Buzz60 (Oct. 24, 2014) Brave Robotics and Asratec teamed with original Transformers toy company Tomy to create a functional 5-foot-tall humanoid robot that can march and fold itself into a 3-foot-long sports car. Jen Markham has the story. Video provided by Buzz60
Powered by NewsLook.com
Police Testing New Gunfire Tracking Technology

Police Testing New Gunfire Tracking Technology

AP (Oct. 24, 2014) A California-based startup has designed new law enforcement technology that aims to automatically alert dispatch when an officer's gun is unholstered and fired. Two law enforcement agencies are currently testing the technology. (Oct. 24) Video provided by AP
Powered by NewsLook.com

Search ScienceDaily

Number of stories in archives: 140,361

Find with keyword(s):
Enter a keyword or phrase to search ScienceDaily for related topics and research stories.

Save/Print:
Share:

Breaking News:

Strange & Offbeat Stories


Space & Time

Matter & Energy

Computers & Math

In Other News

... from NewsDaily.com

Science News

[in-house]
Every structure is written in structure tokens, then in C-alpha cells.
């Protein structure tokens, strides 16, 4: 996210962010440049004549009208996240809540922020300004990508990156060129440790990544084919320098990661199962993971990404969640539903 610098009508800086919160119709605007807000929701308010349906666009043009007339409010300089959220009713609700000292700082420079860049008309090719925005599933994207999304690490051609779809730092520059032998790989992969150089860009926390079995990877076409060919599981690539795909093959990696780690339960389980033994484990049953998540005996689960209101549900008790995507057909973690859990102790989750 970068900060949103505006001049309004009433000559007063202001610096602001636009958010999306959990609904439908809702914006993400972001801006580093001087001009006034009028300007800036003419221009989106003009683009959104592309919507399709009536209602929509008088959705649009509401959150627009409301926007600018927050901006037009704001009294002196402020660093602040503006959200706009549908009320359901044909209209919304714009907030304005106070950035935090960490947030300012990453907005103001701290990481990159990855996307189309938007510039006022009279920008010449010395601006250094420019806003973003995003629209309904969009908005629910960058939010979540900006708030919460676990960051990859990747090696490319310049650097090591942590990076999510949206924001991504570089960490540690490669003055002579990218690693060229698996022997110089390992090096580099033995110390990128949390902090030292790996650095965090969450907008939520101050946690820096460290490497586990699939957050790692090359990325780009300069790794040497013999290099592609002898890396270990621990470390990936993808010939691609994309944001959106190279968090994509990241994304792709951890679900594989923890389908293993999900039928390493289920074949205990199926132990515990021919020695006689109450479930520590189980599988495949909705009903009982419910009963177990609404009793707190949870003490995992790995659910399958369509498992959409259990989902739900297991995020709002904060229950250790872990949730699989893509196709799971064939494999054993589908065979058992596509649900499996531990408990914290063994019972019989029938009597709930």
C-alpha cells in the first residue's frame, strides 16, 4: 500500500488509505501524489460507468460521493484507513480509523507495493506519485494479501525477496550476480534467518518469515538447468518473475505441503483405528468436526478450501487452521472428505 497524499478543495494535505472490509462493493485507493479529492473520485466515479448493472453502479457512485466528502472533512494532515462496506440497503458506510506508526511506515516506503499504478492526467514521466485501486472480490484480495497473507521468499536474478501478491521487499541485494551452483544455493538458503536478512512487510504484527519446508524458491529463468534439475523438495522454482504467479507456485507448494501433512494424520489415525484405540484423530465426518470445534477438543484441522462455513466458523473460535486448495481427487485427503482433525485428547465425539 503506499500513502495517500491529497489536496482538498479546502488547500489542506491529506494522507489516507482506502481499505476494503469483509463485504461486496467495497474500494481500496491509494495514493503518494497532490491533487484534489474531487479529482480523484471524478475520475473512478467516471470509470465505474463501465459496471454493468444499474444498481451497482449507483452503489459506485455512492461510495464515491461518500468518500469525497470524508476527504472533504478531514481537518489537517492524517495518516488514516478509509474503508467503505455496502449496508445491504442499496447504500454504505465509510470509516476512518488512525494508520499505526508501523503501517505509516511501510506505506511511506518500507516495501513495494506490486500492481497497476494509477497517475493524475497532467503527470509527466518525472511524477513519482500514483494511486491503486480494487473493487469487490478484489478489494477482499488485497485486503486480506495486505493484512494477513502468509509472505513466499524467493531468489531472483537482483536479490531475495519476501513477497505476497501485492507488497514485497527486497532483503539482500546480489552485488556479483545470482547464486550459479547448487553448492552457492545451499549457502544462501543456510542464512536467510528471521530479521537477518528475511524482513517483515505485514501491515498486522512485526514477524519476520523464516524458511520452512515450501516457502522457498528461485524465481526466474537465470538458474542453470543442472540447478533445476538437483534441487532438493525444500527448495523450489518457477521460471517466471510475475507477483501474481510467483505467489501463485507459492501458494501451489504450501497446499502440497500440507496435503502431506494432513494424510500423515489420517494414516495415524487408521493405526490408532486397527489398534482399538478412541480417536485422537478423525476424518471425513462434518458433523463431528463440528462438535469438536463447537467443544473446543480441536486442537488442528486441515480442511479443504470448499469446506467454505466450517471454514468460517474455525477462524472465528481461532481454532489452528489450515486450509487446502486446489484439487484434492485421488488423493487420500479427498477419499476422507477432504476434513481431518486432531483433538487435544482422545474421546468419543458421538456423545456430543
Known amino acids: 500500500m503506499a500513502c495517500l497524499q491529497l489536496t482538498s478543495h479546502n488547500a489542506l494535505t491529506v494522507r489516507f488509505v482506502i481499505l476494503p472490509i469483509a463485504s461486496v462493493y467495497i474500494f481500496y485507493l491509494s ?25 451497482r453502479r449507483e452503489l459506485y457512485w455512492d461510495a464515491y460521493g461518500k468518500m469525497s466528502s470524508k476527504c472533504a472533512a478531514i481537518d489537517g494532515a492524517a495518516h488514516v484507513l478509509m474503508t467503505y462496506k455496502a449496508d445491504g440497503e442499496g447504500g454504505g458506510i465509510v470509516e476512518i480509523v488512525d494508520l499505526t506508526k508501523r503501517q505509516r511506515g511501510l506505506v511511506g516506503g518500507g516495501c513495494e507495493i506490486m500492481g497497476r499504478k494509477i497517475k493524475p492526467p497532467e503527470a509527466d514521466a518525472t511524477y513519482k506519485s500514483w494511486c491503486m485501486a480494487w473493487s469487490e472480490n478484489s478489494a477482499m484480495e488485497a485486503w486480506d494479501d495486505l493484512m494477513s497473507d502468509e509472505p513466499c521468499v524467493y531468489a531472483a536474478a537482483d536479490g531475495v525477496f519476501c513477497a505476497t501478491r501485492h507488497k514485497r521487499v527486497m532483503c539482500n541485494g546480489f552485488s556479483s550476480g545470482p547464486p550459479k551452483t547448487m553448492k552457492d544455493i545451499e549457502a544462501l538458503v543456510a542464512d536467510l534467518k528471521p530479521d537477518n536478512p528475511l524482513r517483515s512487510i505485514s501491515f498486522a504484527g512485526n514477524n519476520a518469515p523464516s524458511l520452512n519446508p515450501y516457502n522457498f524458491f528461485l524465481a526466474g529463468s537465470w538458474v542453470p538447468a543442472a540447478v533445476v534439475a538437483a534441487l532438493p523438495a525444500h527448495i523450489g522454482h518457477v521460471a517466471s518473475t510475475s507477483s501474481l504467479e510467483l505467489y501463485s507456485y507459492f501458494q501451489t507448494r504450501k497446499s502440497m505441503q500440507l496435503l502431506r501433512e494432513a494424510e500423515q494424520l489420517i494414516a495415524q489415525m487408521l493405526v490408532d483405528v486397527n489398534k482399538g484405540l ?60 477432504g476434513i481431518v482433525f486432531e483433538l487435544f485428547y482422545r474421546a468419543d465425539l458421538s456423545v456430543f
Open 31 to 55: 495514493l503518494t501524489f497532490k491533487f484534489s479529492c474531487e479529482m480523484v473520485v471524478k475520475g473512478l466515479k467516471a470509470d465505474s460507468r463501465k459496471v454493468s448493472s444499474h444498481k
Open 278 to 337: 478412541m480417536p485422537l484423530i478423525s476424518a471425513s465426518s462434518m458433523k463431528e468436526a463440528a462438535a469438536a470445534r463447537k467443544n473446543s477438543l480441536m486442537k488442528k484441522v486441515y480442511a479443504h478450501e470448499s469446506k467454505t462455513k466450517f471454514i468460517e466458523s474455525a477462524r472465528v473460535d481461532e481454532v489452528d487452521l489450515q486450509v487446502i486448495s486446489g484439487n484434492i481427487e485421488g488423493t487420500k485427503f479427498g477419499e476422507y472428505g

Health News

Environment News

Technology News



Save/Print:
Share:

Free Subscriptions


Get the latest science news with ScienceDaily's free email newsletters, updated daily and weekly. Or view hourly updated newsfeeds in your RSS reader:

Get Social & Mobile


Keep up to date with the latest news from ScienceDaily via social networks and mobile apps:

Have Feedback?


Tell us what you think of ScienceDaily -- we welcome both positive and negative comments. Have any problems using the site? Questions?
Mobile: iPhone Android Web
Follow: Facebook Twitter Google+
Subscribe: RSS Feeds Email Newsletters
Latest Headlines Health & Medicine Mind & Brain Space & Time Matter & Energy Computers & Math Plants & Animals Earth & Climate Fossils & Ruins